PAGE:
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Cobaltmetrics can only be queried by identifiers. Cobaltmetrics stores identifiers as URIs, so every search term should consist of a scheme, a colon, and a value.
For example, to search for RFC 3986, enter
All URLs are URIs, so you can also enter
https URLs into the search bar, and we'll do our best to extract identifiers from them, for example
https://tools.ietf.org/html/rfc3986 instead of
Our API will automatically normalize identifiers based on their type, for example if they are not sensitive to case like DOIs, or if their canonical form includes hyphens like ISSNs or ORCID iDs. Likewise, our API will reject syntactically incorrect identifiers.
See our page on URI schemes for the complete list of schemes that are currently supported in Cobaltmetrics.
By default, Cobaltmetrics will search for the identifiers you entered and, through a process known as URI transmutation, all other identifiers known to identify the same document or digital object. For example, we know from PubMed that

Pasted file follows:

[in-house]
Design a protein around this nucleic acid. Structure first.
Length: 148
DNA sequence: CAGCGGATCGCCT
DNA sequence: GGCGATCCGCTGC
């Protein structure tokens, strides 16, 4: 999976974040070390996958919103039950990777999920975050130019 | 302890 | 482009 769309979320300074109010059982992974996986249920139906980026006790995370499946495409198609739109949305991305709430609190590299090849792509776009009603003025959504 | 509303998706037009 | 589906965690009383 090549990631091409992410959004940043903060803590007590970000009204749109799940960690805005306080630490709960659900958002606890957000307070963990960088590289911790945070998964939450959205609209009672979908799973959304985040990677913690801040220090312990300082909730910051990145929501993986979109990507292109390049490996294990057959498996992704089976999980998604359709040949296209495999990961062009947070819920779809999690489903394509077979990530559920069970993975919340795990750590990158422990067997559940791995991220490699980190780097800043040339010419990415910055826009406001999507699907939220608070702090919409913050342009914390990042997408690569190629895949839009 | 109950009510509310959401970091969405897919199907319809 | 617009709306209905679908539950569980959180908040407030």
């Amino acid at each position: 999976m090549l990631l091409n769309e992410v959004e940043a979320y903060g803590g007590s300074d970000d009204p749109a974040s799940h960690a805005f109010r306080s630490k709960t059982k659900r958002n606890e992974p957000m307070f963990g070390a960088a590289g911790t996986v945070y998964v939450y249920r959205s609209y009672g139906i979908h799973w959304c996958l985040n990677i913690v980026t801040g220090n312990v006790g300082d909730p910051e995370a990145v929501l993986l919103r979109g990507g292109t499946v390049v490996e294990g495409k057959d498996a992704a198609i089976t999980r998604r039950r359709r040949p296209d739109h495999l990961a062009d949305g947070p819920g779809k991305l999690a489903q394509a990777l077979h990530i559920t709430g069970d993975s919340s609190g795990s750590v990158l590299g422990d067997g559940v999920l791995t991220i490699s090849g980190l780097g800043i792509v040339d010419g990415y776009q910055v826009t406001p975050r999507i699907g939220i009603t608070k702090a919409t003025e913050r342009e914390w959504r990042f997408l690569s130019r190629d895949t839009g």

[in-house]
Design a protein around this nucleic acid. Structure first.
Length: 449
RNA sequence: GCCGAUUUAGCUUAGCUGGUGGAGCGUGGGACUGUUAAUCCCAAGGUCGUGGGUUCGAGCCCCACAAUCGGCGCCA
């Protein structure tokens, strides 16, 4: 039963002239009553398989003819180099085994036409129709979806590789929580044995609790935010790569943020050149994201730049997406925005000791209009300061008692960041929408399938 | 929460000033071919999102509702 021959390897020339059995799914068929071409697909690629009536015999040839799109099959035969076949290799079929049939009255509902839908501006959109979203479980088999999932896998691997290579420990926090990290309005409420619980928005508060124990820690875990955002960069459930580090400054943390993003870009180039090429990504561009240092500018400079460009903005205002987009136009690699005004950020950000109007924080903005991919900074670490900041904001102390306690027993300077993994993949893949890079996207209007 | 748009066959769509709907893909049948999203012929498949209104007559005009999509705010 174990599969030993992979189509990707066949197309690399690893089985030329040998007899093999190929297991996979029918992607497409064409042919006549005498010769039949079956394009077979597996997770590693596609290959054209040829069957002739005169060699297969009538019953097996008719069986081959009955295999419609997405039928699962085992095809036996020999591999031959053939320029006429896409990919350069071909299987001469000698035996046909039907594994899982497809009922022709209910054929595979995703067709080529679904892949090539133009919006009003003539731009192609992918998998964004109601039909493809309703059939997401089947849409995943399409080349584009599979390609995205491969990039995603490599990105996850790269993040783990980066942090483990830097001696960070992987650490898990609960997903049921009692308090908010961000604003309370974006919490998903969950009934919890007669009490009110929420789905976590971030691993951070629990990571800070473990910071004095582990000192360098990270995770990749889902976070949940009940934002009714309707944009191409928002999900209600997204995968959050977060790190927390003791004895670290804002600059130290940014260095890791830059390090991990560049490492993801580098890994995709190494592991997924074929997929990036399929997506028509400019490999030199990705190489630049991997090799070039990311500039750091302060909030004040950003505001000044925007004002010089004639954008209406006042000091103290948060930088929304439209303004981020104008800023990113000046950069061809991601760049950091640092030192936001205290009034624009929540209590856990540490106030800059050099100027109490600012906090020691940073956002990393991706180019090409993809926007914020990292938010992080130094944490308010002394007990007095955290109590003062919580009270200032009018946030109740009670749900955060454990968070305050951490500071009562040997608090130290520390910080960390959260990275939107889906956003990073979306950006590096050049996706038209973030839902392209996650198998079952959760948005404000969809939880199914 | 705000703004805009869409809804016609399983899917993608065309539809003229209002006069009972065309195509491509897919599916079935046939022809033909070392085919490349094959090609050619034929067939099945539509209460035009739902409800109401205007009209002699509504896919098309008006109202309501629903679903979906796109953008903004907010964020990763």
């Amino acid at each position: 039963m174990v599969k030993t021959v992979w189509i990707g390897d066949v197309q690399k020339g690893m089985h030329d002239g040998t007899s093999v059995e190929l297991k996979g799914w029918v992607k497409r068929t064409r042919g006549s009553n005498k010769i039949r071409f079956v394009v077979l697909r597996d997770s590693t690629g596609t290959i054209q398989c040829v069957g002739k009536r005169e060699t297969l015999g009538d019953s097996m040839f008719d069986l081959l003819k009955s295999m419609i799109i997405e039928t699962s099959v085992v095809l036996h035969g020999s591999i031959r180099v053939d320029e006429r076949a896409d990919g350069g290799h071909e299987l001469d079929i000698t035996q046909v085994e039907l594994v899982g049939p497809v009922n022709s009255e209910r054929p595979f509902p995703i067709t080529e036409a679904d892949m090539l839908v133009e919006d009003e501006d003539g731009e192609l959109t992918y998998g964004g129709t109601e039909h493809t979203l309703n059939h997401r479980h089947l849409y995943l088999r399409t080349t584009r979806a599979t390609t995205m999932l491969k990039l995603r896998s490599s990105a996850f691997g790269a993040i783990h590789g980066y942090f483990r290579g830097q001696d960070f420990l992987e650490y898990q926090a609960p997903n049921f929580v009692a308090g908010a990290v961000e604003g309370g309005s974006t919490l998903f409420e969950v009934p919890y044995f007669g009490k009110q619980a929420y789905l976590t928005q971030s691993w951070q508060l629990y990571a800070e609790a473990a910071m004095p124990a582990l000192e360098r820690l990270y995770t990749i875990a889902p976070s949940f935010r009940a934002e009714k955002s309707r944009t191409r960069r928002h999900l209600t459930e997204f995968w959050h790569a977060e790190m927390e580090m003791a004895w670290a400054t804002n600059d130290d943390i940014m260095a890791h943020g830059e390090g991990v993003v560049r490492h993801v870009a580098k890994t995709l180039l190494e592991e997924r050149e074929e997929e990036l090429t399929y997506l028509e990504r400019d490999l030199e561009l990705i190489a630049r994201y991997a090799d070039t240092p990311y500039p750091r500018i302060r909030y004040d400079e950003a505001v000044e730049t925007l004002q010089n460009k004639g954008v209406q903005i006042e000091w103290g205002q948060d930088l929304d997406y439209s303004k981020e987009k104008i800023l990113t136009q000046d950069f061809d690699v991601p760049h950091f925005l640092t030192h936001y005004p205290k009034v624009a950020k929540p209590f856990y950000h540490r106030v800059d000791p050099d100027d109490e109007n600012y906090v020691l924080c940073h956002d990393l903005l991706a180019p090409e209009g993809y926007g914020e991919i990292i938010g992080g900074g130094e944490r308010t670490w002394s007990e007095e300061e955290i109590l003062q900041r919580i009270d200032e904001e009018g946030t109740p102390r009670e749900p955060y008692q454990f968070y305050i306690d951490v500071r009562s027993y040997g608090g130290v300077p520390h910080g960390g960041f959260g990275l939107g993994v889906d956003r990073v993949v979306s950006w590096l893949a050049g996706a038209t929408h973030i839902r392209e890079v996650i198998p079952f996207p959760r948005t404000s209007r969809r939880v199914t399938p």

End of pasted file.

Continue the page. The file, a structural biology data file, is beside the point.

doi:10.1093/NAR/GKS1195 refer to the same article. URI transmutation allows you to find all citations and backlinks to a document with multiple identifiers, with a single query.
See our page on URI transmutation for more details.
Our team has a strong background in natural language processing and hands-on experience with bibliometrics. We know how ambiguous natural language can be, especially named entities like the names of persons and organizations. We decided early on to focus on speed and accuracy, so searching by names will most likely never be supported. And if you are one of the 47,000 people in the US named John Smith, please register for an ORCID identifier.